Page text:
Issues in Latin America Latin America Day 1 Notes
Where is Latin America? • Latin America is defined as Central and South America. • The term “Latin” stems from the language spoken in the region being of Latin descent (Spanish, Portuguese, French)
A Brief History of Latin America before WWII… • Home of indigenous tribes like the Maya in central America (250 A.D), and the Aztecs in Mexico and the Inca in Peru (both around 1200). • Conquered by the Europeans in 1500’s to 1700’s, especially Spain, Portugal, and France. • Independence was first achieved in Haiti in 1808, and this inspiration (and an end to European colonialism in the new world) led to independence for most Latin American nations by 1825. • Following the exit of the Europeans, the Americans had tremendous influence on the region……
Key Issues in Modern Latin America in the 20th Century • Developing Economies – Nations struggle in how to shift from agricultural society to developed nations following WWII. • Issues with Industrialization – As nations industrialize, challenges with population growth, the environment, and social classes take hold. • Political and Social Issues – Shifting from autocratic to democratic nations is a long and often bloody process.
Developing Economies • Many countries have monocultures, or are based on just one or two crops. • Venezuela and Mexico = Oil • Colombia and Central America = Coffee • Leads to economic roller coaster when prices rise and fall. • Debt is a large economic problem in Latin America. • Trying to expand their economies, many nations like Mexico, Argentina, and Brazil have taken large loans and struggled to repay them in the past. • Governments are forced to produce more money. • This leads to inflation and social class struggles.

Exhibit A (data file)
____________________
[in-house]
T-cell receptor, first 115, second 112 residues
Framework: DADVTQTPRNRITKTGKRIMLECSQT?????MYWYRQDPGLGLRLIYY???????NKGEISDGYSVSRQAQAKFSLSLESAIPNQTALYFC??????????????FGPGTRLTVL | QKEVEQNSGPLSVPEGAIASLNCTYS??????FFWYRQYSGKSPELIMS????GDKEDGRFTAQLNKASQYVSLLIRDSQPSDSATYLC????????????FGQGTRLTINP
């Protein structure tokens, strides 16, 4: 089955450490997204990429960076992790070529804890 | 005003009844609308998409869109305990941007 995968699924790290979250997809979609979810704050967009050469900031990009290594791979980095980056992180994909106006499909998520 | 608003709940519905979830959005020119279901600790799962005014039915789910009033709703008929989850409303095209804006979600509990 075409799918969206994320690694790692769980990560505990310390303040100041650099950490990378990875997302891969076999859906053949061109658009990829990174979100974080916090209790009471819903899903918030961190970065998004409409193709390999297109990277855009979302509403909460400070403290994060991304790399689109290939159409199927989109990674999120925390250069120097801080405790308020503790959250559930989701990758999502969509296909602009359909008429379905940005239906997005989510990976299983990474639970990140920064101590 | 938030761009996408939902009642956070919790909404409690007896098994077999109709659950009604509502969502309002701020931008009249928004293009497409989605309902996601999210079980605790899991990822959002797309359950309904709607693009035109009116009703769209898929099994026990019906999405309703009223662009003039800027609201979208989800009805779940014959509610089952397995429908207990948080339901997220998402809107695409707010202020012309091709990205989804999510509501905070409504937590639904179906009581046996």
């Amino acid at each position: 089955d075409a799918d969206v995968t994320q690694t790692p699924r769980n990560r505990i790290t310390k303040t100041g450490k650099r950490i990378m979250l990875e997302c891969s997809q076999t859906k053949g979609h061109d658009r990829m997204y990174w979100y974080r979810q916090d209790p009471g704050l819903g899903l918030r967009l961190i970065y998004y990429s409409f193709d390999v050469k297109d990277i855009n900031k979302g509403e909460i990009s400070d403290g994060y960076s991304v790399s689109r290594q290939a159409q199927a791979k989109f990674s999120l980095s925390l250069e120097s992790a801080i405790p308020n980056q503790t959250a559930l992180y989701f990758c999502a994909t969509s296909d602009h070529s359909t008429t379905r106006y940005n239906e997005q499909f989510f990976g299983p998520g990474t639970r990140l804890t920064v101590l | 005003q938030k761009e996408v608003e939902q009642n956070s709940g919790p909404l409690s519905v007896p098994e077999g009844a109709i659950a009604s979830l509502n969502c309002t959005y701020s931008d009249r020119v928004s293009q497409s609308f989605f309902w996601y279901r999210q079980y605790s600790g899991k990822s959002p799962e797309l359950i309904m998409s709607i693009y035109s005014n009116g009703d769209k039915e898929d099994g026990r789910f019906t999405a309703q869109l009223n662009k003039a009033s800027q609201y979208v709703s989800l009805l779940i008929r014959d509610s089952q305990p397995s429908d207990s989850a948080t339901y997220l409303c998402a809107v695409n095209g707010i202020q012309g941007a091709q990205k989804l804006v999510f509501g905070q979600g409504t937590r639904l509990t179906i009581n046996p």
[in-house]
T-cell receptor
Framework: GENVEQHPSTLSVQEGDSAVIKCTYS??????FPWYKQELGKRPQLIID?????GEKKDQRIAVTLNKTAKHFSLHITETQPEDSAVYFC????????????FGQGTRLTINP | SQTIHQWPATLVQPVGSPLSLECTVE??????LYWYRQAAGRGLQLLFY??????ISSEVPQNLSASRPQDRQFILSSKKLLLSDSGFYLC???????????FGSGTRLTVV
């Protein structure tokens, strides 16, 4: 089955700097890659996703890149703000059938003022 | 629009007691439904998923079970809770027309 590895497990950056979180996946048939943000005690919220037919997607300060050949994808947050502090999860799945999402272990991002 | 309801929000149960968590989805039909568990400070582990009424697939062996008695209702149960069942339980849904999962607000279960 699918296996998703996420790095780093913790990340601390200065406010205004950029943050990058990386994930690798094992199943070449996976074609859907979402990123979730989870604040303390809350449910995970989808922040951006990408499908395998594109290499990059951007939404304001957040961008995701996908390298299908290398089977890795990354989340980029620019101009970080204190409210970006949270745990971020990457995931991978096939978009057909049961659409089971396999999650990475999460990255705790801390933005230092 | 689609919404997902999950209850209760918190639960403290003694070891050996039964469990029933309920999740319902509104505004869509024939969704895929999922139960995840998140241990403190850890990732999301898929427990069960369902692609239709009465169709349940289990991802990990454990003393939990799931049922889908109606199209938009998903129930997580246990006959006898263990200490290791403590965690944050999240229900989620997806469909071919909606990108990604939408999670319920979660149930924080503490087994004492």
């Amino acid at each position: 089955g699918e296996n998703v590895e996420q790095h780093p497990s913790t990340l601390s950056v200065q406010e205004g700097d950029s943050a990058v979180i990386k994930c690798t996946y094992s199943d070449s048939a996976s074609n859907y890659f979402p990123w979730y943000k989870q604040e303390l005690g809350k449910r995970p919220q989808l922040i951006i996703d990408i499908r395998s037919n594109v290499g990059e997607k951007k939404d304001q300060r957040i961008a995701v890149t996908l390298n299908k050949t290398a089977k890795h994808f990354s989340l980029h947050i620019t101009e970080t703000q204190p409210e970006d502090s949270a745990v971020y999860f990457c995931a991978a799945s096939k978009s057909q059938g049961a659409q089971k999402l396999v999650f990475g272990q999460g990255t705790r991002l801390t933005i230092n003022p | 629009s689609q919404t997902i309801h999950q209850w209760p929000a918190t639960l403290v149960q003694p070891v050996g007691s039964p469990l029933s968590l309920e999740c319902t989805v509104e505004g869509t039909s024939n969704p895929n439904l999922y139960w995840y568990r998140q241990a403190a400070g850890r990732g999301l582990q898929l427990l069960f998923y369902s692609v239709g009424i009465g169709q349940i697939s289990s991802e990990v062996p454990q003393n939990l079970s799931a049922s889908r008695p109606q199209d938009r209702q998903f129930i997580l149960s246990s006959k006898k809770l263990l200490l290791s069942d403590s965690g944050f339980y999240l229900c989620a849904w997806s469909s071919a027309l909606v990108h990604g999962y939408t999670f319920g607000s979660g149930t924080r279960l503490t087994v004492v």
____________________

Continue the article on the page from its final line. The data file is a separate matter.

Becoming Economic Allies • Many Latin American countries depend on the U.S. and each other for trading. • The North American Free Trade Agreement (NAFTA) took effect in 1994. • Mexico, the U.S., and Canada all trade free of tariffs. • Has led to many multinational corporations, or foreign-owned businesses. • Many other countries in Latin American have similar agreements to reduce dependency on larger nations.
Key Question… • What are some of the effects of having multinational corporations? • Who do they really benefit?
Industrialization • Before industrialization, most nations have a high birthrate and high death rate. • Industrialization lowers death rates as living conditions improve. • Generally leads to a population boom. • Latin America’s population has more than tripled since WWII to almost 590 million people. • Leads to increased poverty and a move to cities to find employment. • Leads to the building of makeshift towns on unowned streets. • Leads to the cutting of rainforests to develop more land for people to live in.
Key Question: • Is overpopulation a problem that should be addressed, or is it just life? • Slums in Sao Paulo, Brazil….
Political and Social Issues • Military led dictatorships and wealthy rulers have long been very influential in Latin America. • Latin America has the sharpest divide between wealthy and poor in the world. • Latin America was also a battleground of political ideas during the Cold War. • Communism vs. Capitalism leaders. • Example of Fidel Castro in Cuba. • Today, many countries remain with unstable leadership.